An evocative landscape that has interested historians and scholars since ancient times, first and foremost Leonardo da Vinci who understood, ahead of modern theories, the principles of erosion and sedimentation.
For those who love shopping
For fashion lovers, an interesting visit is the Prada group outlet in Levanella, or the large shopping centre of the most exclusive brands The Mall in Reggello.
The Foiano della Chiana outlet is also about 40 minutes away, while for the more discerning, a visit to the shop windows in the centre of Florence or Arezzo is recommended.
Ancient city of Arezzo: between art and history
Arezzo is one of the oldest cities in Tuscany. Its historic centre preserves beautiful monuments, a treasure trove of art and history. It is the city that gave birth to Piero della Francesca, Petrarca and Giorgio Vasari.
Worth visiting are the Piazza Grande, where every year the historical re-enactment of the “Giostra del Saracino” takes place; the Palazzo delle Logge designed by Vasari; the Romanesque Church of Santa Maria della Pieve with its façade with three portals; the Basilica of San Francesco with its cycle of frescoes by Piero della Francesca; the Casa Vasari Museum and the Casa Petrarca Museum; the Medici Fortress built to defend the city.
The province of Arezzo is a vast and varied territory, dominating four valleys and offering interesting natural landscapes: the Casentino, Valdarno, Valtiberina and Valdichiana. There are many places to visit in the surrounding area: the village of Anghiari, where the famous battle, also painted by Leonardo da Vinci, was fought; Cortona; Sansepolcro, which dominates the Upper Tiber Valley and is the birthplace of Piero della Francesca; the Sanctuary of La Verna in Casentino, where Saint Francis received the stigmata and is now a famous pilgrimage destination; and Camaldoli, with its monastery immersed in nature, where a community of monks founded at the beginning of the year 1000 live.
Siena: the charm of the medieval city
In the heart of Tuscany, Siena still retains the charm of the medieval city, and walking through the streets of the historic centre to discover its monuments is like taking a journey back in time.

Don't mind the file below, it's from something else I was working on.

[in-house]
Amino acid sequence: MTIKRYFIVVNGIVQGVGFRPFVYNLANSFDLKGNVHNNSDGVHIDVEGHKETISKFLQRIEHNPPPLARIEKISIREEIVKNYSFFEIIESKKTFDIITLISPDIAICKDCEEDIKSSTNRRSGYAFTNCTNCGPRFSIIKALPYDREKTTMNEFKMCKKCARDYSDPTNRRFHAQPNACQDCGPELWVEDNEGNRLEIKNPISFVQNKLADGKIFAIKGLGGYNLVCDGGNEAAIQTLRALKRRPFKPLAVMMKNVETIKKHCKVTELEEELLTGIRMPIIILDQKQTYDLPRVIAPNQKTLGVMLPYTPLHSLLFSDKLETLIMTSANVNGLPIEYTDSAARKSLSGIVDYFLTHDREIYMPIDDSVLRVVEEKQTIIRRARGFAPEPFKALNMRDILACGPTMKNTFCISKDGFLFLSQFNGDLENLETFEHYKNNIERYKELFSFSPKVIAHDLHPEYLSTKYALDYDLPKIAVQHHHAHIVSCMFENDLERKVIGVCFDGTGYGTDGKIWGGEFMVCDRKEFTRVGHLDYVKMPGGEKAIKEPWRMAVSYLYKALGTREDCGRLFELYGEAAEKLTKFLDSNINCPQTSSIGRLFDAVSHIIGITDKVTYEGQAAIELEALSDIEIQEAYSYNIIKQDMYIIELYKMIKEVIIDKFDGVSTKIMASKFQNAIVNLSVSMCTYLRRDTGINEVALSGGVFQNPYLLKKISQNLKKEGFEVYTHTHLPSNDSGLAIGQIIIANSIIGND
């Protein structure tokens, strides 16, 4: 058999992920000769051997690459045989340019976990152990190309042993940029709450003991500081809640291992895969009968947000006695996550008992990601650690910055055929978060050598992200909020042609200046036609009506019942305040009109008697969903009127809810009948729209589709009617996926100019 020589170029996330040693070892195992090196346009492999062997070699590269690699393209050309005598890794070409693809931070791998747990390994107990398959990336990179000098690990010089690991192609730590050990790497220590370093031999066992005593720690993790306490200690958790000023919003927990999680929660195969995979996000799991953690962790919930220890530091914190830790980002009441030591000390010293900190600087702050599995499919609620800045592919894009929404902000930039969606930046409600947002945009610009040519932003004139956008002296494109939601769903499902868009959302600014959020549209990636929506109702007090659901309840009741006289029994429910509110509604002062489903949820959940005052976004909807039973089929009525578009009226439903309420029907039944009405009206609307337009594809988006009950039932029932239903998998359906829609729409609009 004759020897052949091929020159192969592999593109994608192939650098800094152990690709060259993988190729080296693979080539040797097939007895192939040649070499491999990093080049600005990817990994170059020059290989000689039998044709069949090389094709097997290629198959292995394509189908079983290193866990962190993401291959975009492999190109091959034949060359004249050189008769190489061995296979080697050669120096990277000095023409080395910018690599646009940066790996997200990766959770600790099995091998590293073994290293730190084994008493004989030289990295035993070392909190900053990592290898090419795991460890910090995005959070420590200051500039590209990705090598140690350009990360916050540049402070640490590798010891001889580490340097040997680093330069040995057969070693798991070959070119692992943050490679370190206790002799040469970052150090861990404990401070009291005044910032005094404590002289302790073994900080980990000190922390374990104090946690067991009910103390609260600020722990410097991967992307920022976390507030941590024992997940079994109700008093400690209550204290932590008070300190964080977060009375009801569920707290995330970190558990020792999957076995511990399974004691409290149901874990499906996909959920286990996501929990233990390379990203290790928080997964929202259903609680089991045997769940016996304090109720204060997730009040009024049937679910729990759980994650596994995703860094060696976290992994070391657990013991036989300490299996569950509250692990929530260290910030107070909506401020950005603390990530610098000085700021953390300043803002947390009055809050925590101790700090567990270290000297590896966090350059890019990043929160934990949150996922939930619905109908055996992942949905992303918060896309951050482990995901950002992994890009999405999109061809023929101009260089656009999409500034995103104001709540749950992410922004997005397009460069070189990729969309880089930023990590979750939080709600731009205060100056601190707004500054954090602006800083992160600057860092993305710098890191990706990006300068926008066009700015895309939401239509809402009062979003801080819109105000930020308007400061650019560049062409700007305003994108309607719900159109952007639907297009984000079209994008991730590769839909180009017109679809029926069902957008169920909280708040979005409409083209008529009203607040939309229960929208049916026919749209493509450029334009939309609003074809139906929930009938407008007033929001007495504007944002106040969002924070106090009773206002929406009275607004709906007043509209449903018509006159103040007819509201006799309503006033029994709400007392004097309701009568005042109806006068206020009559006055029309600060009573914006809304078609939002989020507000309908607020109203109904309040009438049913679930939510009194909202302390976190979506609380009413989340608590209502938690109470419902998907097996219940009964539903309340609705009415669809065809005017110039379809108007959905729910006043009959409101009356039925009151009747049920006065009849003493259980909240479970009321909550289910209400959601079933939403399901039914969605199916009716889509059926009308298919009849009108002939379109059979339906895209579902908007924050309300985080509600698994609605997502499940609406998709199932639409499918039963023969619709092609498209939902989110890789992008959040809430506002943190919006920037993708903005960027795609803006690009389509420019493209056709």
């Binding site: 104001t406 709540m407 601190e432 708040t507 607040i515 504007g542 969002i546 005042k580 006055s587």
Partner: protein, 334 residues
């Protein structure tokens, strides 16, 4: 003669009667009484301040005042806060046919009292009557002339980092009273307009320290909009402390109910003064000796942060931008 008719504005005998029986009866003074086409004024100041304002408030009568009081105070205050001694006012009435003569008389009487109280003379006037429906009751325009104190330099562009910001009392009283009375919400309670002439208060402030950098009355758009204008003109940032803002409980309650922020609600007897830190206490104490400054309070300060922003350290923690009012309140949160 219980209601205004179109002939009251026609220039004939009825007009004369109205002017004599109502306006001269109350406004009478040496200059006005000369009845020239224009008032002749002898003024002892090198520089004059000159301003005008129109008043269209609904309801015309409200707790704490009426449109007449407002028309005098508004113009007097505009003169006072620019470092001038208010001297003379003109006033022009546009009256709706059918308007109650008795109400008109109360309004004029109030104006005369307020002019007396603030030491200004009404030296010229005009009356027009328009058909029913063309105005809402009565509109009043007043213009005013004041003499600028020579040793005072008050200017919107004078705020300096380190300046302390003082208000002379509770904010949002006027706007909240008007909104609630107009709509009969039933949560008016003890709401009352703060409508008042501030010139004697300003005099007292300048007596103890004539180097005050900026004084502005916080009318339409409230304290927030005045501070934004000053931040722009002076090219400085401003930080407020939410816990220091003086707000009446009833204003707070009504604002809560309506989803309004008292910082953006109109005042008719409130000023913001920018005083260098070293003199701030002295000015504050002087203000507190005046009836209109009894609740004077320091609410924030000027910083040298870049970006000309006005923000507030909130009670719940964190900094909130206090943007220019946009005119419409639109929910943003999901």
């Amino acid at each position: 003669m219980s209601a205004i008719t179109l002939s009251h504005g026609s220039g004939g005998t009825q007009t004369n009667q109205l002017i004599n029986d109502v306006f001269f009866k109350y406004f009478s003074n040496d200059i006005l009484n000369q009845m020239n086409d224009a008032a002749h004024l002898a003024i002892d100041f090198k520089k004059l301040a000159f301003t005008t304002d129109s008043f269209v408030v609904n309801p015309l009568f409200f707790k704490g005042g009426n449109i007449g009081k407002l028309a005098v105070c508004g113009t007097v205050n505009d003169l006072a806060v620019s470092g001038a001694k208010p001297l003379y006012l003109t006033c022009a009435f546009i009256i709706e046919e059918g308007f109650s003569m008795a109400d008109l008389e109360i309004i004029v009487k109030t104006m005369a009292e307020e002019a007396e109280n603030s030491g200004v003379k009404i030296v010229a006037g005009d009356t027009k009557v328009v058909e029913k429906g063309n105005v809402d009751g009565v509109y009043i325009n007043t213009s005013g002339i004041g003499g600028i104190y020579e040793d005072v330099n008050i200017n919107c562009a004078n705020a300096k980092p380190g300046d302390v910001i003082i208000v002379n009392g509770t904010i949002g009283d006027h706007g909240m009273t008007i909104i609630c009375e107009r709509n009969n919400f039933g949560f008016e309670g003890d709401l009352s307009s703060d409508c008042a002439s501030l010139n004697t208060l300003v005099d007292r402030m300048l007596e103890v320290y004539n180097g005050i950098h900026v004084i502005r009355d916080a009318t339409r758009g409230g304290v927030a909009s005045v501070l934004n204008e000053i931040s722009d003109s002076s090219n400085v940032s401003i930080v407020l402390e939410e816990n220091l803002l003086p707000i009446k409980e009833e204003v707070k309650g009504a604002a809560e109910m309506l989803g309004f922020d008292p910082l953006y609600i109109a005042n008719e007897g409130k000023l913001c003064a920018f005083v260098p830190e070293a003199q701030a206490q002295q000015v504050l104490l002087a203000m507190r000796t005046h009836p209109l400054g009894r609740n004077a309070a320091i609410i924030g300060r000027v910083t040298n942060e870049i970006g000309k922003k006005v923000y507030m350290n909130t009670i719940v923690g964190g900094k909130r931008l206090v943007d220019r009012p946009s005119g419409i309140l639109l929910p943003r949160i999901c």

A stop in Piazza del Campo, where the famous Palio horse race is held every year, is a must. The majestic Palazzo Pubblico overlooks the city, with the Torre del Mangia, from the top of which one can see the entire city, the Duomo with its characteristic black and white façade, the Baptistery, the Pinacoteca Nazionale, and the Fontebranda, the city’s oldest fountain, also mentioned by Boccaccio in the Decameron and by Dante in the Divine Comedy.
The landscape around the city of Siena is characterised by hills planted with vineyards and olive groves, countryside and ancient medieval villages. This is the Chianti area, the Crete Senesi, the Val d’Orcia, the Val di Chiana and the Val d’Elsa.
Places to visit are San Gimignano, the city of towers, now a UNESCO World Heritage Site; Pienza, known as ‘the ideal city of the Renaissance age’ and famous for its pecorino cheese; Montepulciano, a charming medieval town remembered for being the birthplace of the great poet Poliziano, and famous for its Vino Nobile; Montalcino, the town that gave origin to Brunello; San Quirico d’Orcia famous for being the City of the Horti Leonini; the Abbey of San Galgano associated with the figure of King Arthur with the legendary sword in the stone. There are also numerous thermal resorts to visit, such as Bagno Vignoni, with its square occupied by a large medieval basin where thermal water gushes out; Bagni di San Filippo, with its thermal baths hidden in the woods at the foot of Monte Amiata; San Casciano dei Bagni, where in Etruscan and Roman times there were 42 thermal springs.